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US Government Could have saved around $2B Giving EV Buyers Cash Instead of Tax Credit, According to a Study

As it stands, when a buyer purchases an electric vehicle (EV), they can receive up to a $7,500 tax credit rebate on their taxes when they file them in April (pending they meet requirements). However, George Washington University conducted a study asking potential car shoppers if they would rather receive the rebate on their tax returns or, receive an immediate cash incentive that would be less than the original rebate.

The study

The study conducted in Washington, D.C., asked 2,170 potential car shoppers from ages 19-92 about their preferences on potential incentives when it comes to buying an electric vehicle. Some of the questions included things on sales tax exemptions, tax deductions, tax credits (which are currently offered by the U.S. government), or immediate cash rebates. The study showed that a vast majority of potential car shoppers preferred the immediate cash rebate over any other incentive offered. Laura Roberson, the lead author of the study, said that for buyers, “…$7,500 in April when I file taxes is the same to me [a hypothetical EV buyer] as $6,000 if you gave me that money at the point of sale.”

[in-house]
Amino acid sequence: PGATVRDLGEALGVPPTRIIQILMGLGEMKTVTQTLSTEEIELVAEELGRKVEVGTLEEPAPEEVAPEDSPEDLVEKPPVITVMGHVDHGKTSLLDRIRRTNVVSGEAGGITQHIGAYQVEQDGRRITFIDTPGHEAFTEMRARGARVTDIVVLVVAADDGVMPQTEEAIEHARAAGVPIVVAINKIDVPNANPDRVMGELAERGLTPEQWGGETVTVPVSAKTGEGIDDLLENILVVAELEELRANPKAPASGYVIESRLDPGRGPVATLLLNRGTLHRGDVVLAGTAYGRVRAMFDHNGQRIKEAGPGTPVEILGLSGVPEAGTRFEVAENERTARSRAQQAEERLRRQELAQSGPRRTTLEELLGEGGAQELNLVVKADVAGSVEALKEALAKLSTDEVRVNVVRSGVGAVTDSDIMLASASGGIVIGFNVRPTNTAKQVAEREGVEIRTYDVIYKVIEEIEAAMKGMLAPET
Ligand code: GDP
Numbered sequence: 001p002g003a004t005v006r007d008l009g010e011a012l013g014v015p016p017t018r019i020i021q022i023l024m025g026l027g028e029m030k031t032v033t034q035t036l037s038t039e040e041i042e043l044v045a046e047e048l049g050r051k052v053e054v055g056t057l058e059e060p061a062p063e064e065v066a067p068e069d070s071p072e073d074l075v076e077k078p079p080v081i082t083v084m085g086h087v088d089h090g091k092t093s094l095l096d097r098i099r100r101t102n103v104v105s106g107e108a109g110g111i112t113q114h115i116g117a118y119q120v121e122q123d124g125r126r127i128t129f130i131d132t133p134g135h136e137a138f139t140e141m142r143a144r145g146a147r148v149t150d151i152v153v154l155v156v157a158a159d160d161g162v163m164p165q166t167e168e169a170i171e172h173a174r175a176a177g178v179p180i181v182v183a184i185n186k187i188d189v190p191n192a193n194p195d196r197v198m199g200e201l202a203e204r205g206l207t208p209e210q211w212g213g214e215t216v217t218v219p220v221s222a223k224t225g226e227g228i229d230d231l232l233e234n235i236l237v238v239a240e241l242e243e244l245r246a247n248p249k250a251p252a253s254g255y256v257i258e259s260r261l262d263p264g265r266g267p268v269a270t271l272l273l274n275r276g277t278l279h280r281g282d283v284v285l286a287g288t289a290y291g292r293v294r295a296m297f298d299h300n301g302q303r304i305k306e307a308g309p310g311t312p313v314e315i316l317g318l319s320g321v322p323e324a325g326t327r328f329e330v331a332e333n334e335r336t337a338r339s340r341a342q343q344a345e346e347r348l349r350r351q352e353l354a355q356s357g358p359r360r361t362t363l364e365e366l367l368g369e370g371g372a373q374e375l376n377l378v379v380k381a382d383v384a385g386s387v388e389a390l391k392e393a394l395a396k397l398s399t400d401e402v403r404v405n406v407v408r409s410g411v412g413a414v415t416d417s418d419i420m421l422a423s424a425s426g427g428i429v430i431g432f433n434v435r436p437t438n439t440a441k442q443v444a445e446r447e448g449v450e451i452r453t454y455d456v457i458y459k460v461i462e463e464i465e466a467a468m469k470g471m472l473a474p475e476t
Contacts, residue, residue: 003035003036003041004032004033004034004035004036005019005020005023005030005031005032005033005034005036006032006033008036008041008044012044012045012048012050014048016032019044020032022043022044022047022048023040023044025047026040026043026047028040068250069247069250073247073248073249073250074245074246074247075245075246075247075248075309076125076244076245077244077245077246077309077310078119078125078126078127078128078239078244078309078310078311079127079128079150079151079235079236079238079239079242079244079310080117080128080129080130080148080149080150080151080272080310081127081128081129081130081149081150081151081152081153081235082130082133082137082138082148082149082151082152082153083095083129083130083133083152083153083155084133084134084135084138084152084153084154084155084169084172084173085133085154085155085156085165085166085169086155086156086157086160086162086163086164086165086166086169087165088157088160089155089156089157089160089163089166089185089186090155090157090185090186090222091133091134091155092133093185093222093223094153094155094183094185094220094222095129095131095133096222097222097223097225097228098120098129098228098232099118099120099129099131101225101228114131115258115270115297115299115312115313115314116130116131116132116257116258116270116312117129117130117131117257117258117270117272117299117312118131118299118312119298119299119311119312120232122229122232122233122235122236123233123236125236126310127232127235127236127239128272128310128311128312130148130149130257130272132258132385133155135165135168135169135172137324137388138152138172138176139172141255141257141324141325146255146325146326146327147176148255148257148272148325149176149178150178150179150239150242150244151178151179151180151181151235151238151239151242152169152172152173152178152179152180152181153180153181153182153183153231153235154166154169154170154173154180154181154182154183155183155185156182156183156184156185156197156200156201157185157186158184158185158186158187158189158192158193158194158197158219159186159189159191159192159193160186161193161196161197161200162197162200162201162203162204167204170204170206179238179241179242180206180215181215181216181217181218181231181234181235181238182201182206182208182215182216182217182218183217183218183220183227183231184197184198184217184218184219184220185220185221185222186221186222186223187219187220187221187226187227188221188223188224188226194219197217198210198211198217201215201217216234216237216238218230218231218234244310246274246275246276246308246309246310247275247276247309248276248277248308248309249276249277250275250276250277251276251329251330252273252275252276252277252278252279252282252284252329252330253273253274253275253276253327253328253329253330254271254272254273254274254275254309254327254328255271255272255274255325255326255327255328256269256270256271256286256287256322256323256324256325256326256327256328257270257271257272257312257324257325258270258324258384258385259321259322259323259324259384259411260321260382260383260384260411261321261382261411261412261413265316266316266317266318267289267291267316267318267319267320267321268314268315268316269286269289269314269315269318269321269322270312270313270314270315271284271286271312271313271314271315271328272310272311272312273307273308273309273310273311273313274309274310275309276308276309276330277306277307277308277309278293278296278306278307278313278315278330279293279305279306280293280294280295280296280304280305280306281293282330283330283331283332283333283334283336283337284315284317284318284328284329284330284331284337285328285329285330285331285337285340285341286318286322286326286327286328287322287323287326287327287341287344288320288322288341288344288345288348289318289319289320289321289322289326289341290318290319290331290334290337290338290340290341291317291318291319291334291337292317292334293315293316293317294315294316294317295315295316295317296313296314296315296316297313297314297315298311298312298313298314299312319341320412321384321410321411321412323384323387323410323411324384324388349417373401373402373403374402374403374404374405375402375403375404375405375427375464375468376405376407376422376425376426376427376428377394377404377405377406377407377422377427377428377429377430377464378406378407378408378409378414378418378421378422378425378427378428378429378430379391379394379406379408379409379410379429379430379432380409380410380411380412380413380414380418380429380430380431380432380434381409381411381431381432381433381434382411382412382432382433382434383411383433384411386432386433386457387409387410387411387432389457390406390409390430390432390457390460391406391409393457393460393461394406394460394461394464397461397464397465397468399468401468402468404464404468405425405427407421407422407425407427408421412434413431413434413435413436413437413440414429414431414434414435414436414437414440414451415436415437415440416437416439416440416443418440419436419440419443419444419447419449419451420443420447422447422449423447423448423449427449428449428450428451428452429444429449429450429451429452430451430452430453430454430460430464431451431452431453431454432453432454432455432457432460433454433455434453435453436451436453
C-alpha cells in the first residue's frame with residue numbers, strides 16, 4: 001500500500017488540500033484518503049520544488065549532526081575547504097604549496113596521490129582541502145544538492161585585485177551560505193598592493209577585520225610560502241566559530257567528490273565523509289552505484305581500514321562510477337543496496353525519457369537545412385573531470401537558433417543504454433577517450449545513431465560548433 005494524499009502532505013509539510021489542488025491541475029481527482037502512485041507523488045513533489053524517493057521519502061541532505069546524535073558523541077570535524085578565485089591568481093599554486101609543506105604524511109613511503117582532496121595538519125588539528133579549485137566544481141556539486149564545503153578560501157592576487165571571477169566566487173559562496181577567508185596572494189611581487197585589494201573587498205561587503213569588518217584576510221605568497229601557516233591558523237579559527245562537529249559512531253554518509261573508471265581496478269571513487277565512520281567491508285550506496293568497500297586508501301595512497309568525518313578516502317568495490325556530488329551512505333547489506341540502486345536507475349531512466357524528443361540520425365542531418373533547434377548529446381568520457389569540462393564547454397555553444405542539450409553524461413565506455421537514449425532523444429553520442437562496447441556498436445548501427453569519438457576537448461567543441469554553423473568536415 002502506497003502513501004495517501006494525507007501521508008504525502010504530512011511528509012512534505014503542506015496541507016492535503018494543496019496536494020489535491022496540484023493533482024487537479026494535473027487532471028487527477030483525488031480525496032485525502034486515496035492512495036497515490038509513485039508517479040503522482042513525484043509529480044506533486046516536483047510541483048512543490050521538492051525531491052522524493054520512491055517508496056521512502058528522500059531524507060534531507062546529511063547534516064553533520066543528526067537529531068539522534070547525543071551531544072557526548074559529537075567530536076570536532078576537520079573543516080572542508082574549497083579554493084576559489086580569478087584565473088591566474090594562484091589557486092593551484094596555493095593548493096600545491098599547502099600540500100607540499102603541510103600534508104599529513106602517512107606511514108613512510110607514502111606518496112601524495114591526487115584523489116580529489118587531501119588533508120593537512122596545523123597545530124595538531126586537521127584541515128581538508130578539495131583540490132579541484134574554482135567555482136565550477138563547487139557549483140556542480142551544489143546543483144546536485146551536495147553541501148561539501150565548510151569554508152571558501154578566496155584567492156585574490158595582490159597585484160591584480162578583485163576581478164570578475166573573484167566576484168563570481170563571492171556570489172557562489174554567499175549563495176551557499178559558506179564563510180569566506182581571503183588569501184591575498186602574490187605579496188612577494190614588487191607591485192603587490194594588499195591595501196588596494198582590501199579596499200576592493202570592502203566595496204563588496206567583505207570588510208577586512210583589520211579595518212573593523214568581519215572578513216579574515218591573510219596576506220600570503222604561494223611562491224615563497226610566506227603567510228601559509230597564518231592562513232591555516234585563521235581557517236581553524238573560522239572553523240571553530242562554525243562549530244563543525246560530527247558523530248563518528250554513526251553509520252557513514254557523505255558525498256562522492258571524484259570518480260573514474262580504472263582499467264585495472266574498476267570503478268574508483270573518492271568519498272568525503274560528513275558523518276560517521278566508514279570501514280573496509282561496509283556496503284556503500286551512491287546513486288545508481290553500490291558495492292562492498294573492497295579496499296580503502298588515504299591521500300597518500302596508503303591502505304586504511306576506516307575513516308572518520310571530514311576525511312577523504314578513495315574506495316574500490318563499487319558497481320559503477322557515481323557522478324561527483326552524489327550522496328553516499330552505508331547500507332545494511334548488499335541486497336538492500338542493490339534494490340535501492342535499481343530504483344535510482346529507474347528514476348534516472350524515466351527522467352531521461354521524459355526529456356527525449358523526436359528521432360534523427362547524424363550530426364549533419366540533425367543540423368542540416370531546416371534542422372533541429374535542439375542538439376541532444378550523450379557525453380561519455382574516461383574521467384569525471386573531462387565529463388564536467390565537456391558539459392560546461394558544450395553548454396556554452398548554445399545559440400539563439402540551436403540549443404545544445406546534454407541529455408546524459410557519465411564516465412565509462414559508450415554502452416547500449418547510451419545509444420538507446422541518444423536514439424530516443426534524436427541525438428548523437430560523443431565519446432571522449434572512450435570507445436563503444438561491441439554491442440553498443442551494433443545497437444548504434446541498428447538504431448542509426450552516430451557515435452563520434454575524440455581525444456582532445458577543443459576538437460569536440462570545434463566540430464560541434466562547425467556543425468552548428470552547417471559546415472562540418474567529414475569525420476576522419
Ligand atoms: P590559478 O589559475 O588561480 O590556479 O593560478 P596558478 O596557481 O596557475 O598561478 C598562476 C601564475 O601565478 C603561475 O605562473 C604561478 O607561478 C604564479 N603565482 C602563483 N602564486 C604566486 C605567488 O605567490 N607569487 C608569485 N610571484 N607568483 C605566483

Missing Out On Big Savings

If the federal government would have gone down an immediate cash rebate route and handed out checks for roughly $6,000 at the time of purchase, the government could have saved roughly $2.07 billion from 2011 to 2019 and it would have continued to have the same overall impact on EV buying habits. The author of the study also notes these checks would have been extremely more equitable for buyers, as well as lower-income shoppers and people using cash twice as much as the average buyer. Education on these credits would have also been something the government should have focused on as according to the study 67% of participants weren’t even sure what the current system was.

Wrap Up

Unfortunately, this study will likely not have a major impact on the government’s decision-making process, as there are currently talks being had to remove the vehicle cap on the EV credit, and nothing on a cash incentive. Regardless, giving customers a check on site might be a better option for the government to leverage in the future. If you ever have any questions on the EV tax credit, be sure to call your trusted financial advisor for assistance in claiming it.

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